2 of 2 people found the following review helpful
on June 19, 2003
Anger is a much more difficult thing to treat than is sadness or fear, and good books in this field are rare. Therefore Davies deserves an A for effort. It is well written and easy to understand. Having said those nice things let me get to the negative stuff. It is written as a self-help book designed to be used by the "patient" but the sort of angry person it is written for is unlikely to buy the book and work through the exercises. (I suspect most of the copies sold are given as gifts, and more in hope than expectation). Most angry people perceive their anger as excusable or justified. They may agree with a general description of themselves as bad-tempered but the moment is comes to discussing a specific action they justify it. Reading and working through the book demands patience and a capacity for self-criticism- rare qualities amongst the angry.
Since it is self-help book is does not discuss the issues that professionals have to deal with in coping with the angry client.
As compared with Potter-Efron's "Letting Go of Anger" it is about more overt anger. The Potter-Efrons take a broader view and also write about less obvious manifestations of masked hosility. (like writing nasty reviews) They are Americans and Davies is British, with many of his examples based on British mores.
One final jab. Davies (and even more so, Peter Cooper in his inroduction) claims that these methods are "clinically proven" because they are based on cognitive therapy which has been "subjected to the strictest scientific testing" (Cooper) but no references are given to support this. It could be argued that references are out of place in a self-help book, but then so are claims of scientific proof.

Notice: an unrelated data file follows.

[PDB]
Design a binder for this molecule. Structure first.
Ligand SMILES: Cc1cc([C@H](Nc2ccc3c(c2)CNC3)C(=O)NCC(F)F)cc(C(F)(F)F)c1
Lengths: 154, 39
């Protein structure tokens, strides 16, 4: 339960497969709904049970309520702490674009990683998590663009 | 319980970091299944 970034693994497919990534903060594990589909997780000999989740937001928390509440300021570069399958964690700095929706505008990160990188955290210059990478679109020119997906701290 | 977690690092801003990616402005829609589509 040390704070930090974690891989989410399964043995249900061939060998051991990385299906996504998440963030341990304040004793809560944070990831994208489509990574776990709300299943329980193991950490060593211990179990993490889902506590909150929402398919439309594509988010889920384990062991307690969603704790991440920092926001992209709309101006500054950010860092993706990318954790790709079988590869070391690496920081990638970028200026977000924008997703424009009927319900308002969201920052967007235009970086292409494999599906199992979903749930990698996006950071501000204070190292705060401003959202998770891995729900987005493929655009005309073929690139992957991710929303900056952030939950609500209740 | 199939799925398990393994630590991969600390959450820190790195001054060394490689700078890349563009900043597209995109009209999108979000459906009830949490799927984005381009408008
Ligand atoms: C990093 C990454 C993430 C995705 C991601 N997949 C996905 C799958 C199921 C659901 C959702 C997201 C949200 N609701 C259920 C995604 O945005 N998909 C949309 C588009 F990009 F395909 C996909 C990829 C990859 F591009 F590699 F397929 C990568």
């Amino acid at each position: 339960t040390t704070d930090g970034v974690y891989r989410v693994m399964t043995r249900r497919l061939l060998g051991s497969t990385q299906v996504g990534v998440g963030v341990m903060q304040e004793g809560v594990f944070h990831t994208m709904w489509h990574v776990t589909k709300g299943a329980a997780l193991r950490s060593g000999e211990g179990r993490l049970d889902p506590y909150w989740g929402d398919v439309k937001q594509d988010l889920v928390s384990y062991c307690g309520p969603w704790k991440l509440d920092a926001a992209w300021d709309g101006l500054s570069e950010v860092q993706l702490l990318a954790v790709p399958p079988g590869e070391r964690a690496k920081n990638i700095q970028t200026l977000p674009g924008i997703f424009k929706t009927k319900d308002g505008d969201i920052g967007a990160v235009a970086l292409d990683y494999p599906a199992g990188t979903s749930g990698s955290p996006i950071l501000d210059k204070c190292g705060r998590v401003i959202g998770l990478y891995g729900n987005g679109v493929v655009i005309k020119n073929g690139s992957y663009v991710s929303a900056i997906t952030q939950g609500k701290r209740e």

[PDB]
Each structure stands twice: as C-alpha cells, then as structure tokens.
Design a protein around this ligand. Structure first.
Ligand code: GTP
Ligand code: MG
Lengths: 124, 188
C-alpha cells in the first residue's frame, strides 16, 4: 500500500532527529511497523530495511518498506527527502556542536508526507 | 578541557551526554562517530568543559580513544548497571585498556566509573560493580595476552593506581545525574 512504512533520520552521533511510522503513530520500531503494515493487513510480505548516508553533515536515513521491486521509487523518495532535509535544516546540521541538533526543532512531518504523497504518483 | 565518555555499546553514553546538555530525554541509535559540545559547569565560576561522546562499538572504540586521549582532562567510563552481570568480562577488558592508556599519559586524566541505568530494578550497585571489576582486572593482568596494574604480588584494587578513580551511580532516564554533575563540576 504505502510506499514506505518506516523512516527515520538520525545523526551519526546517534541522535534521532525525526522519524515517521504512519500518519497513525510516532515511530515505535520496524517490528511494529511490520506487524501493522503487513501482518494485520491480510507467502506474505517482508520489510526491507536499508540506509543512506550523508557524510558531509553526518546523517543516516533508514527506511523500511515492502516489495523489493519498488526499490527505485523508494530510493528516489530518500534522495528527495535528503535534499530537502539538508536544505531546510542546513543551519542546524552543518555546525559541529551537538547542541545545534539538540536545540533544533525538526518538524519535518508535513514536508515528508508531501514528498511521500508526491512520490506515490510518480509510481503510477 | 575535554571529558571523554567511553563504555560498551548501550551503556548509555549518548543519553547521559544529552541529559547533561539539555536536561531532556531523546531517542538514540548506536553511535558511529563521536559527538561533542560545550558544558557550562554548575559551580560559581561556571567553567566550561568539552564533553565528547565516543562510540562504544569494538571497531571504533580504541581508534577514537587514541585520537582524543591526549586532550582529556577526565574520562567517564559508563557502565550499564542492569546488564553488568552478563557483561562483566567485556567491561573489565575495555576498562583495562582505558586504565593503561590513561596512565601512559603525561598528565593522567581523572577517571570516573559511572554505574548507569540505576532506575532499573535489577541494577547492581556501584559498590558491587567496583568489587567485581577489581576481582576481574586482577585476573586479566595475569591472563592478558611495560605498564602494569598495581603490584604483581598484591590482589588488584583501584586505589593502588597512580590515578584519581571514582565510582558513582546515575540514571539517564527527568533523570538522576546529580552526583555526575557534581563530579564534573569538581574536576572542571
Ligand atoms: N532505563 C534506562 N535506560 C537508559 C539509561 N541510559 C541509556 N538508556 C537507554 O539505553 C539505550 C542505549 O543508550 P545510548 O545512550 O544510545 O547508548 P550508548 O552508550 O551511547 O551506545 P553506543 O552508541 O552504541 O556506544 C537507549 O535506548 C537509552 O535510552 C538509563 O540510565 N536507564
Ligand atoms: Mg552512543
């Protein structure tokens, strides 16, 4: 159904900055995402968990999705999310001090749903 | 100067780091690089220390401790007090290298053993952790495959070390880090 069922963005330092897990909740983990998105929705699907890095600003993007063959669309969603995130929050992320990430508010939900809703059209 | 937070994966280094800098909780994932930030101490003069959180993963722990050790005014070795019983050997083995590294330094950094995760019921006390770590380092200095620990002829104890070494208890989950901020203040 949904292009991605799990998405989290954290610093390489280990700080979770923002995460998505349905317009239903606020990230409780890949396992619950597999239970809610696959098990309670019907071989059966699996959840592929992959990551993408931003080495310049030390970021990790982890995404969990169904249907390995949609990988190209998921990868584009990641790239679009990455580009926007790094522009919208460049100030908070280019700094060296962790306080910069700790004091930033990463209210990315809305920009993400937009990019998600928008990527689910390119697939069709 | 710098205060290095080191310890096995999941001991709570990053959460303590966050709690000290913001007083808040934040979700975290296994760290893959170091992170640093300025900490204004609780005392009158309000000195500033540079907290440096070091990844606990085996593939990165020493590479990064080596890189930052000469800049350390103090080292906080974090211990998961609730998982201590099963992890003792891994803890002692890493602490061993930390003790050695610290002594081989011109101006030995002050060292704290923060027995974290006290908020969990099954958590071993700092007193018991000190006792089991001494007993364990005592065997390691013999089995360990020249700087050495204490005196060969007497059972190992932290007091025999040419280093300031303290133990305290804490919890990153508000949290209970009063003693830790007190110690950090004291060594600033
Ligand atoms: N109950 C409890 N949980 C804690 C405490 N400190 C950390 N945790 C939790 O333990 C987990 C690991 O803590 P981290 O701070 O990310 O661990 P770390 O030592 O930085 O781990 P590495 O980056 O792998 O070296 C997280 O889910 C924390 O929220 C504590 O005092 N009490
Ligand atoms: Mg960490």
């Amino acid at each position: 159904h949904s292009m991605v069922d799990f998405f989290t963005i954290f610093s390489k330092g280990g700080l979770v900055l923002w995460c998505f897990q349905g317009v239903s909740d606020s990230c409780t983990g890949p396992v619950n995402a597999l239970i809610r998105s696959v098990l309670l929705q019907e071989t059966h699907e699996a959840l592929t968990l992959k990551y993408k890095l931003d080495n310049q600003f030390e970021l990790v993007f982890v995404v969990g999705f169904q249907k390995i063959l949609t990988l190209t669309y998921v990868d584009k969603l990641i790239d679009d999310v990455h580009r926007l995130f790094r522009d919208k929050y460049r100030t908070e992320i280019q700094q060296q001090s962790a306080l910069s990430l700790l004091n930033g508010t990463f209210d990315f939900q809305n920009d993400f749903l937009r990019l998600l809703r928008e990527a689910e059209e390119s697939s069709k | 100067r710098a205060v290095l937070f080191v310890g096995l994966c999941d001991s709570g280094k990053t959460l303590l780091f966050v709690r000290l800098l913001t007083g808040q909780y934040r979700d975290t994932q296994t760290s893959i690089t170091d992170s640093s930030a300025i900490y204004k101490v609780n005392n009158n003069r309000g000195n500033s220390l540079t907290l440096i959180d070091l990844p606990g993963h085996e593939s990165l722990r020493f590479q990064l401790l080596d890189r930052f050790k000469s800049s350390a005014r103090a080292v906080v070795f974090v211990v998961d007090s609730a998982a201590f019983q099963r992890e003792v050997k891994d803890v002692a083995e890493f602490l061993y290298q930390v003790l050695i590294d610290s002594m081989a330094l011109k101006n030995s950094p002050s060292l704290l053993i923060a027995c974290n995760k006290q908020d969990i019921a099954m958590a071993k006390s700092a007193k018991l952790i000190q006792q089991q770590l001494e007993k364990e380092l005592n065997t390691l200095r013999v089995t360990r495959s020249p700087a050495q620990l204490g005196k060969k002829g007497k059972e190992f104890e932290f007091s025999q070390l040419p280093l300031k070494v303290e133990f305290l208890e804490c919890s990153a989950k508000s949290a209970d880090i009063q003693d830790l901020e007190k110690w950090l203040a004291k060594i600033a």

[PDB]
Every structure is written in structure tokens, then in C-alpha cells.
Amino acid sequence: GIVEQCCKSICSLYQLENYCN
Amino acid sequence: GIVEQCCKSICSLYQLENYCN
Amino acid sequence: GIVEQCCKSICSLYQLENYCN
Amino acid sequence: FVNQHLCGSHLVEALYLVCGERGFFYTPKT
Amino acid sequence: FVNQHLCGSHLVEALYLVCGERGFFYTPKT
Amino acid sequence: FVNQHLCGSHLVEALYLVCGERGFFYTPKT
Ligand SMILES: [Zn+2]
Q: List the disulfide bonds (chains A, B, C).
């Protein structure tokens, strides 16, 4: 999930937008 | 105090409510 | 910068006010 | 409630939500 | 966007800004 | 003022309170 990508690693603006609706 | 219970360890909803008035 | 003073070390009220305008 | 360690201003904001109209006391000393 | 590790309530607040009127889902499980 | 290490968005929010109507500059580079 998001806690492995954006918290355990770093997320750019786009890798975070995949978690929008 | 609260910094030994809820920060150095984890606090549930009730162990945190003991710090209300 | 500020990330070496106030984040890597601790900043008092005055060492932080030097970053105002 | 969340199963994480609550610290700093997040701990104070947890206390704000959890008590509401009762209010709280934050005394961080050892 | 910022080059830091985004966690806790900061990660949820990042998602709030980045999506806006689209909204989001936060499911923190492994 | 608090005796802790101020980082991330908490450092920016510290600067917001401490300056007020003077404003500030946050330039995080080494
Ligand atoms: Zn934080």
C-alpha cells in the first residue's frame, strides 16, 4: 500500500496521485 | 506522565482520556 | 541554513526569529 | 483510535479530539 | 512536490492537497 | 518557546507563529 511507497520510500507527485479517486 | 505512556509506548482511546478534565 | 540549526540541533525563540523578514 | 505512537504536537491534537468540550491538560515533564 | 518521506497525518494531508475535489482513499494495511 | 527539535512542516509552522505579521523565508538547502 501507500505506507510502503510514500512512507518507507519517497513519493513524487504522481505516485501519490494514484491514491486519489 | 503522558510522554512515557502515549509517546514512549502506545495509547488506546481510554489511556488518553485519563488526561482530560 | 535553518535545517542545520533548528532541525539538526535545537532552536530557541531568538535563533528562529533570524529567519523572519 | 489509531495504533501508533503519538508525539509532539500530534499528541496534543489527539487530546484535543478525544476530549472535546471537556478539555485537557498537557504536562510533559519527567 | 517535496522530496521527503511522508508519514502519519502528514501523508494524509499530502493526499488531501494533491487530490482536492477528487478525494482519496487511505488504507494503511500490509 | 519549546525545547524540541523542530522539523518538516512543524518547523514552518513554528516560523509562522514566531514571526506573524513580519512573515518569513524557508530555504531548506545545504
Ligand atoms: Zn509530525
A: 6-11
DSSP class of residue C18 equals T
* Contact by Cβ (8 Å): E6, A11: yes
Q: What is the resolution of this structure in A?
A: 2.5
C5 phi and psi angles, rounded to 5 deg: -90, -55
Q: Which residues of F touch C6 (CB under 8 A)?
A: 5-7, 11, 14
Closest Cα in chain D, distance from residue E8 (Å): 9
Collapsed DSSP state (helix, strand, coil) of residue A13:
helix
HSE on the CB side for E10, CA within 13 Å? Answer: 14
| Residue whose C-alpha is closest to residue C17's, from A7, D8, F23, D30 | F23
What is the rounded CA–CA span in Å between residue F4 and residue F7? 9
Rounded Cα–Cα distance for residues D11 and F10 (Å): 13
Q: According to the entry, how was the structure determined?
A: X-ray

on January 21, 2004
Excellent read. It's a quick read (~209 pages) with a wealth of information. Author's style is as if he is speaking directly to the reader. Book consists of 2 sections -- "Understanding What Happens" & "Sorting It Out." The 1st section sets the foundation -- defines terms, causes, etc. The 2nd section, and in my opinion the most useful, focuses on the process of anger control.
The author utilizes a wealth of examples. These examples are referenced throughout the entire text; hence there is a lot of building with respect to situations. Many chapters conclude with projects that urge the reader to review the content provided and to apply it to his/her own situation.
Excellent read. Easy to digest. Thought provoking. It shed a lot of light on my own issues with anger management.
Don't hesitate to purchase this book! Very helpful & eye opening. Though a very good book, I don't believe that it takes the place of an appropriate therapist. What is does do is position the reader to better understand what is going on in his/her life (related to anger & irritability) and to have a more meaningful dialogue with a therapist.
on July 9, 2004
Outstanding. I bought this book several years ago when I was in a constant state of irritation due to overwork and too little sleep, fueled by too much coffee. I tried to read it back then, but threw it down when the repeated stories drove me crazy :-) When I picked it up this year it all came together, making a remarkable difference in how I react to situations in overdrive. I recommend anyone picking up this book to give it a second chance if the first fails. And I highly recommend this book to those who are running their own businesses.
My family thanks William Davies, I thank William Davis, and I'll have to get back to you about the client side.
Catherine (cat) Morley
on February 28, 2001
As a consultant who deals with conflict management issues, I am always looking for good books to recommend to workplace clients. This book is direct, well-organized, and easy to understand. The examples and exercises are practical and there is just enough theory to provide a foundation of knowledge without going too much into the science of these approaches. It is also a great tool for helping supervisors become better behavioral coaches.